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Flower Chemistry

Flower Chemistry

You will need

  • A flower
  • A pestle and mortar
  • A jug of water and a teaspoon
  • Vinegar
  • Bicarbonate of Soda
  • A paint/baking tray

How to do it

  1. Drop two petals into a pestle and mortar.
  2. Add two teaspoons of water and mix until the water changes colour.
  3. Use a syringe to collect up the mixture. Then add it into three different tray wells.
  4. Add a teaspoon full of vinegar to the first tray well and mix. This is your acid indicator.
  5. Add a teaspoon of bicarbonate of soda mixed with water to the second tray well and mix. This is your base indicator.
  6. Compare the colours in each tray well. What is different about them? Why do you think this is?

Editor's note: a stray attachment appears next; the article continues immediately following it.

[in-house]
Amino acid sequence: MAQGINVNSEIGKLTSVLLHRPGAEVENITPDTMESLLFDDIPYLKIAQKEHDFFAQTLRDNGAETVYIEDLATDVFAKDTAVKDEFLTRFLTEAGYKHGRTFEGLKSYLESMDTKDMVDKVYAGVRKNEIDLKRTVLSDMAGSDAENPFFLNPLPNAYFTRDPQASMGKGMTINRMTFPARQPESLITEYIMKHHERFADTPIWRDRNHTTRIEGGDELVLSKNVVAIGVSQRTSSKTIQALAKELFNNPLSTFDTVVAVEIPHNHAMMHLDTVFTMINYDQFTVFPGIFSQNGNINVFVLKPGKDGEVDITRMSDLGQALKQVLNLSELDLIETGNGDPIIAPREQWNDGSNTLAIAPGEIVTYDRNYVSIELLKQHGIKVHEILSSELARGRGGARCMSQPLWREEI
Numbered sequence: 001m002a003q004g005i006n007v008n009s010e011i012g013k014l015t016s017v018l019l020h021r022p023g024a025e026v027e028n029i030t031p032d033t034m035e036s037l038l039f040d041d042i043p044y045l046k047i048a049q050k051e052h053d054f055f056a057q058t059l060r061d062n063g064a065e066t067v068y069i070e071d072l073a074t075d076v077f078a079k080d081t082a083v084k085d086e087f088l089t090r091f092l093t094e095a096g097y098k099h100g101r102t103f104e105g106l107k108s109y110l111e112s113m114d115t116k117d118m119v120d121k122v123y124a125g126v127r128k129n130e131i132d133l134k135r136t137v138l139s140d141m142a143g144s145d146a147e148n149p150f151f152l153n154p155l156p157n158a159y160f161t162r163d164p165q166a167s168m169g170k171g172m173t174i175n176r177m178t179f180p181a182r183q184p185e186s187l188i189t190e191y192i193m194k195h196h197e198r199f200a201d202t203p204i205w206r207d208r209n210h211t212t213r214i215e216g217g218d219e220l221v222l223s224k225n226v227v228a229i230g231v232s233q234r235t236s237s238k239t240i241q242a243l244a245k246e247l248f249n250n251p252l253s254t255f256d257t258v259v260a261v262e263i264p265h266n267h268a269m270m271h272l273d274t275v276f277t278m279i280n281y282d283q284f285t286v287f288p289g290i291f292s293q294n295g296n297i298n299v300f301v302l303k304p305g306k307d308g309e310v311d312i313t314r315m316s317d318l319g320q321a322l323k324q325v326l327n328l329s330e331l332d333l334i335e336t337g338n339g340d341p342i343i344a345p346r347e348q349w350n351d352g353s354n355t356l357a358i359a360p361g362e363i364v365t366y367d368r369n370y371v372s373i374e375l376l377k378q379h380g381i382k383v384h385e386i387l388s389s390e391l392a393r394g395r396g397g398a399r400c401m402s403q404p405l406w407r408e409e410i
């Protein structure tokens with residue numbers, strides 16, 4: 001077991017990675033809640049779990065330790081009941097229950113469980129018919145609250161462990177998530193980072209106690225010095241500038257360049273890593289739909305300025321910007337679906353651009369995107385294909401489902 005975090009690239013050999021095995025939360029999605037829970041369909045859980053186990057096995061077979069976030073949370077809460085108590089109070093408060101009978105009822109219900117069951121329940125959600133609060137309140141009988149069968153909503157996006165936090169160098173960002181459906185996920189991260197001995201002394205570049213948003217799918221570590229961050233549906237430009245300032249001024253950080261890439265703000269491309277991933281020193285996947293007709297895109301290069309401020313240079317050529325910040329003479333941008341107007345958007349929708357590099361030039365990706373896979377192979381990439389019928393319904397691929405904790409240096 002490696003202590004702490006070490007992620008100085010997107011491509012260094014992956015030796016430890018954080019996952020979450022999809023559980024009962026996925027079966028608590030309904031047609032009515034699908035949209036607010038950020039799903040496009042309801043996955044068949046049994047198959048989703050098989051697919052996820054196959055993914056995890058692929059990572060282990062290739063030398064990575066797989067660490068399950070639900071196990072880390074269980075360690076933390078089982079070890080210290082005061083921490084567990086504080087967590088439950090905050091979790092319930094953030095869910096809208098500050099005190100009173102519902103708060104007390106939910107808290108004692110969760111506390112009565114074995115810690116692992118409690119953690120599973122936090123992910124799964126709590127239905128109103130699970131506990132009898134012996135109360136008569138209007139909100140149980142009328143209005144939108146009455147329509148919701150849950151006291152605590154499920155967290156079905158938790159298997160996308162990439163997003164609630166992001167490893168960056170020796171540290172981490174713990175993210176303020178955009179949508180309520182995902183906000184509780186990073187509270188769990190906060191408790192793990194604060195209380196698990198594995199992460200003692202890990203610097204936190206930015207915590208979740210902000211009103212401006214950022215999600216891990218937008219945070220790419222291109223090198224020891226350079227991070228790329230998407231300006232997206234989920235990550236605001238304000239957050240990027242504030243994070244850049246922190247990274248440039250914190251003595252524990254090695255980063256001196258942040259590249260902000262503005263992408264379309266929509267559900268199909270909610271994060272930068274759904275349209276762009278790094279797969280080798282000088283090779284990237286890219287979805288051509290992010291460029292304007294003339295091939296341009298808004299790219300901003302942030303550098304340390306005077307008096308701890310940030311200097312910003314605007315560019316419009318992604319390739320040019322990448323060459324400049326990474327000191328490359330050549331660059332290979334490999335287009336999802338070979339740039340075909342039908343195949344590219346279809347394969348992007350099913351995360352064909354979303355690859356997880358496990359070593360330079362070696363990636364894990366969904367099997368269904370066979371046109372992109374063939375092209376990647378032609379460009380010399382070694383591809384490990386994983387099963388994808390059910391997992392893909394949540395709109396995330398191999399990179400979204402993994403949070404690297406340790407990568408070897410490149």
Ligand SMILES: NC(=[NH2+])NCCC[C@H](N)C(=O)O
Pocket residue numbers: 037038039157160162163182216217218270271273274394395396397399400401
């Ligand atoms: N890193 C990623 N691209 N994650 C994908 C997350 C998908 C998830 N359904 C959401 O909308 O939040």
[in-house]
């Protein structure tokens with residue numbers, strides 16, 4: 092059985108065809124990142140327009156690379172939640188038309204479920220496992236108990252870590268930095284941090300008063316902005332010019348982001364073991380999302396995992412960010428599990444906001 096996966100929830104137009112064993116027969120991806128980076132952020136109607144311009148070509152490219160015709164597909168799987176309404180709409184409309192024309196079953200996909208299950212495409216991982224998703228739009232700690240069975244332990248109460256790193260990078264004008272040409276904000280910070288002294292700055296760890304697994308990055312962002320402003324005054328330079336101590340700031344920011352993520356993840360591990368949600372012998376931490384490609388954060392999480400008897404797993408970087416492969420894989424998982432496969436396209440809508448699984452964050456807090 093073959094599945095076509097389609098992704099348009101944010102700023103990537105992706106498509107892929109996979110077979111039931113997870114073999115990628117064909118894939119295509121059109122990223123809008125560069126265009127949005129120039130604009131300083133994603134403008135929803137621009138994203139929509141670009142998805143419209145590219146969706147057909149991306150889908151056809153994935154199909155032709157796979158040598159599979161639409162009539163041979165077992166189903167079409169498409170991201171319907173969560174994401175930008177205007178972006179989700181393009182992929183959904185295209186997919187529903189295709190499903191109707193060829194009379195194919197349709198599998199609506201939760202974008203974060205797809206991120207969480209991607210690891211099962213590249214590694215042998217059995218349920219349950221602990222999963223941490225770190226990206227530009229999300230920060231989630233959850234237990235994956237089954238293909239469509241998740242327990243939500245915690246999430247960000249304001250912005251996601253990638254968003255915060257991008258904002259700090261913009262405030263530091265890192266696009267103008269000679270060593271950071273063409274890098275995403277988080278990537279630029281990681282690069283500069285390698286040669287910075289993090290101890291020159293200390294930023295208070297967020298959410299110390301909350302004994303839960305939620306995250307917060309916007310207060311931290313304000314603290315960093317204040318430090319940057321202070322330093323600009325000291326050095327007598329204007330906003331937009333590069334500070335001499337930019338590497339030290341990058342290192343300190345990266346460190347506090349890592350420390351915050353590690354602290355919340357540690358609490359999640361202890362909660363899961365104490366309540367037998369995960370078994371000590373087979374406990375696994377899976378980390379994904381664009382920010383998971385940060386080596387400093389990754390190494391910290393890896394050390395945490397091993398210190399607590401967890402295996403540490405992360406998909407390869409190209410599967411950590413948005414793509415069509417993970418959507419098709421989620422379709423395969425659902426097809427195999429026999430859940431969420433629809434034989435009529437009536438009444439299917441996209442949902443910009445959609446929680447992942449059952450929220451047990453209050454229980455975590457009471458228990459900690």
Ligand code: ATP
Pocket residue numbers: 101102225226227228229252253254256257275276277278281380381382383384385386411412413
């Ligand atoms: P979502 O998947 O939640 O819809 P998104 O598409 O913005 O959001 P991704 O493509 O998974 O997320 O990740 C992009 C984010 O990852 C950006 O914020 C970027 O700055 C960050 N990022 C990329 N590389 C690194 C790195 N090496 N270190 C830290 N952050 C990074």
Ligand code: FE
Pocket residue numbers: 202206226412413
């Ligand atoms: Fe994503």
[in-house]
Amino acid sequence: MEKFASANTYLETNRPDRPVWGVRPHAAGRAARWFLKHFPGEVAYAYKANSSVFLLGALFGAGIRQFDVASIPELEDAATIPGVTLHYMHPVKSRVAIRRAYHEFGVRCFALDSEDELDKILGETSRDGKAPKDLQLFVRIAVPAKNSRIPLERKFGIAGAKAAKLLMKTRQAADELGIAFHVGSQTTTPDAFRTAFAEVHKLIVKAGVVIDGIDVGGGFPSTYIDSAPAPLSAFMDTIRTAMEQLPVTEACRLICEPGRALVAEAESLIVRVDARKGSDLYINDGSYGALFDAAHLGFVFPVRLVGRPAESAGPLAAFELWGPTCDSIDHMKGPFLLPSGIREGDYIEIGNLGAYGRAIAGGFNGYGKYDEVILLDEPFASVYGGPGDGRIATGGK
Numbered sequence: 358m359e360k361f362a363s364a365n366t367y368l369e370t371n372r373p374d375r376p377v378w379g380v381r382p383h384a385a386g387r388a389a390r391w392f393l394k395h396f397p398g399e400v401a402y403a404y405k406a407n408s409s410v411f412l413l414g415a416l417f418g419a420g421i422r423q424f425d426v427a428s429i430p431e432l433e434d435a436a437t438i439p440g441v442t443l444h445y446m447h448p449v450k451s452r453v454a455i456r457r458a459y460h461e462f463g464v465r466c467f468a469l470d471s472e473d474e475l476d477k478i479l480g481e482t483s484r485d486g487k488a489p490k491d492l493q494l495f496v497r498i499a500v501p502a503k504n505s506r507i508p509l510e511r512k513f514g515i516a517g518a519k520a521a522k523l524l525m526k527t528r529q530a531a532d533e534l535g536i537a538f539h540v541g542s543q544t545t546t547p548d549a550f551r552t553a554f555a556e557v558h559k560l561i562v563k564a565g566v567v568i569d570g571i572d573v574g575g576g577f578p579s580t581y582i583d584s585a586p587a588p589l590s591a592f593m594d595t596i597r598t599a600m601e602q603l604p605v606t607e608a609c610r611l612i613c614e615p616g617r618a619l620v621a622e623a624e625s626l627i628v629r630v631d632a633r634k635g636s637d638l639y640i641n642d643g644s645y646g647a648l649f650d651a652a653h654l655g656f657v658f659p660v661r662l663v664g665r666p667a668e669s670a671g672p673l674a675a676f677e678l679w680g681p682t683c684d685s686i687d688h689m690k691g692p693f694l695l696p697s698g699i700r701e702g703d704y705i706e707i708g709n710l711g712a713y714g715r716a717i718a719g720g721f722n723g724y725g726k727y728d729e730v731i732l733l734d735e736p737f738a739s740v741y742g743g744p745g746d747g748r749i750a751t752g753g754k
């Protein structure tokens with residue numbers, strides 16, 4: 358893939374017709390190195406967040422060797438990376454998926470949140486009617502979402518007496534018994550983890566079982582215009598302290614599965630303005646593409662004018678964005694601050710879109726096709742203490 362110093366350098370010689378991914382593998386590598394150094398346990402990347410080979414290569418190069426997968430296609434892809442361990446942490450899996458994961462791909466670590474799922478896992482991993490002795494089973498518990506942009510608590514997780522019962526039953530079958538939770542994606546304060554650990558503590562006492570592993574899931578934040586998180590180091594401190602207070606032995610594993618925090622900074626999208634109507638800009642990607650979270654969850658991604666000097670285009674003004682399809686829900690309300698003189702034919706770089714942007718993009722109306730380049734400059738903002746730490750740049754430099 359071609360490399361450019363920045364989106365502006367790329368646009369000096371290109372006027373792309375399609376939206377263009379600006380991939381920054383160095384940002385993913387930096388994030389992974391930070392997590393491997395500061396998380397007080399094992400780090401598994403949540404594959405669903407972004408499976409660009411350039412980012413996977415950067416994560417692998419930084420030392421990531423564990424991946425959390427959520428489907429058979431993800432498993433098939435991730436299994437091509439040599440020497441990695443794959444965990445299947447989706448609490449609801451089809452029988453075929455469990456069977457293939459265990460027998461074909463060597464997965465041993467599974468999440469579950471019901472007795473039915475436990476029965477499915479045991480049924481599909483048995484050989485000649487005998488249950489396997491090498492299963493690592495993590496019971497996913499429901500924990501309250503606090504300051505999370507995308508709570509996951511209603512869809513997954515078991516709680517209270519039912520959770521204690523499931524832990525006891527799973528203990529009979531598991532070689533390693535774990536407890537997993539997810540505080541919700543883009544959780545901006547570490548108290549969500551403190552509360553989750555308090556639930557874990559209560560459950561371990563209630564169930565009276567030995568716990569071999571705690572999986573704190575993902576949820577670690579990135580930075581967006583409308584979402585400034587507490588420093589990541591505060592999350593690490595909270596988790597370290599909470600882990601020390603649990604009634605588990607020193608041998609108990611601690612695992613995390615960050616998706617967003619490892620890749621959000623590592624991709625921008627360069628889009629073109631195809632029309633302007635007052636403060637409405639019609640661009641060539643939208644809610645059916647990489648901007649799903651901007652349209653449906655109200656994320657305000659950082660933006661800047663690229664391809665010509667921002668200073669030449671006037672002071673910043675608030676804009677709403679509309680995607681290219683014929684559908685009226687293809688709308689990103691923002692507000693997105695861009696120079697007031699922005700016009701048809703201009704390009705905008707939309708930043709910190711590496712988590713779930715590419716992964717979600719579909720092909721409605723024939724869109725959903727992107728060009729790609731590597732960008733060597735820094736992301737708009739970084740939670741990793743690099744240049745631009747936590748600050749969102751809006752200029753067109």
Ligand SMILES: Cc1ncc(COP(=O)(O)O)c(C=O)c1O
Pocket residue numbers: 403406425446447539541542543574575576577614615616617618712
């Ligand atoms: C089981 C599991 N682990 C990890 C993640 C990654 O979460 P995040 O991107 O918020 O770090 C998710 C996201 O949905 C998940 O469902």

What are we learning

A rose is an example of an acid-base indicator. Other flowers that you could use include tulips and pansies. When we add an acid it turns the petal mixture an orange or pink colour. When we add the base it turns the petal mixture a blue or purple colour.


Now try this with a range of other flowers. Which ones are acid-base indicators? You could also try this activity with fruit and vegetables.

Careers associated with this activity